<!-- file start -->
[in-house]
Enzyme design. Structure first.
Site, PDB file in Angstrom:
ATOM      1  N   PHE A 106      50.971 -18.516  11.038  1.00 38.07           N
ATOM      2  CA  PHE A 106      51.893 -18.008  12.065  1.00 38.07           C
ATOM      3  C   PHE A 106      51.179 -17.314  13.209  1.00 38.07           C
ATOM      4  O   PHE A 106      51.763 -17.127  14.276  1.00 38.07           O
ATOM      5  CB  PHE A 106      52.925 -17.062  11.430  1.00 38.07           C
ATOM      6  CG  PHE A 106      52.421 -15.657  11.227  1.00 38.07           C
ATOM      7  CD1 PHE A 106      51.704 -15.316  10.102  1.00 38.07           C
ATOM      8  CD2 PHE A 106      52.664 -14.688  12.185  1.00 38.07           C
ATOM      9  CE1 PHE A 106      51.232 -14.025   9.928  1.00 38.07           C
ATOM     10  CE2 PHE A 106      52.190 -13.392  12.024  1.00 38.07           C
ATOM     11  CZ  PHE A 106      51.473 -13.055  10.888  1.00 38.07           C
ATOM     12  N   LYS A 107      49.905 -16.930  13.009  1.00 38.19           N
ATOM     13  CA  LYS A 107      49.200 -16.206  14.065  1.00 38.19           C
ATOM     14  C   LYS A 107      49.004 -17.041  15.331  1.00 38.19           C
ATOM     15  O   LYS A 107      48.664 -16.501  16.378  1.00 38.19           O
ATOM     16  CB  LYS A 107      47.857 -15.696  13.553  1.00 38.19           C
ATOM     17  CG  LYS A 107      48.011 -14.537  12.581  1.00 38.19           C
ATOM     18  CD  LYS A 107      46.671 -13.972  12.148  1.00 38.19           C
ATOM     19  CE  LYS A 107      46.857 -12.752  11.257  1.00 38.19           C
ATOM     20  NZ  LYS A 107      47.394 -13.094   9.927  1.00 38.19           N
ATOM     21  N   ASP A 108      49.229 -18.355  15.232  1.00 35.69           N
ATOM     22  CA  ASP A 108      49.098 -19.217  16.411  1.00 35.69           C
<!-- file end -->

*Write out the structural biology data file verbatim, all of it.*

[in-house]
Enzyme design. Structure first.
Site, PDB file in Angstrom:
ATOM      1  N   PHE A 106      50.971 -18.516  11.038  1.00 38.07           N
ATOM      2  CA  PHE A 106      51.893 -18.008  12.065  1.00 38.07           C
ATOM      3  C   PHE A 106      51.179 -17.314  13.209  1.00 38.07           C
ATOM      4  O   PHE A 106      51.763 -17.127  14.276  1.00 38.07           O
ATOM      5  CB  PHE A 106      52.925 -17.062  11.430  1.00 38.07           C
ATOM      6  CG  PHE A 106      52.421 -15.657  11.227  1.00 38.07           C
ATOM      7  CD1 PHE A 106      51.704 -15.316  10.102  1.00 38.07           C
ATOM      8  CD2 PHE A 106      52.664 -14.688  12.185  1.00 38.07           C
ATOM      9  CE1 PHE A 106      51.232 -14.025   9.928  1.00 38.07           C
ATOM     10  CE2 PHE A 106      52.190 -13.392  12.024  1.00 38.07           C
ATOM     11  CZ  PHE A 106      51.473 -13.055  10.888  1.00 38.07           C
ATOM     12  N   LYS A 107      49.905 -16.930  13.009  1.00 38.19           N
ATOM     13  CA  LYS A 107      49.200 -16.206  14.065  1.00 38.19           C
ATOM     14  C   LYS A 107      49.004 -17.041  15.331  1.00 38.19           C
ATOM     15  O   LYS A 107      48.664 -16.501  16.378  1.00 38.19           O
ATOM     16  CB  LYS A 107      47.857 -15.696  13.553  1.00 38.19           C
ATOM     17  CG  LYS A 107      48.011 -14.537  12.581  1.00 38.19           C
ATOM     18  CD  LYS A 107      46.671 -13.972  12.148  1.00 38.19           C
ATOM     19  CE  LYS A 107      46.857 -12.752  11.257  1.00 38.19           C
ATOM     20  NZ  LYS A 107      47.394 -13.094   9.927  1.00 38.19           N
ATOM     21  N   ASP A 108      49.229 -18.355  15.232  1.00 35.69           N
ATOM     22  CA  ASP A 108      49.098 -19.217  16.411  1.00 35.69           C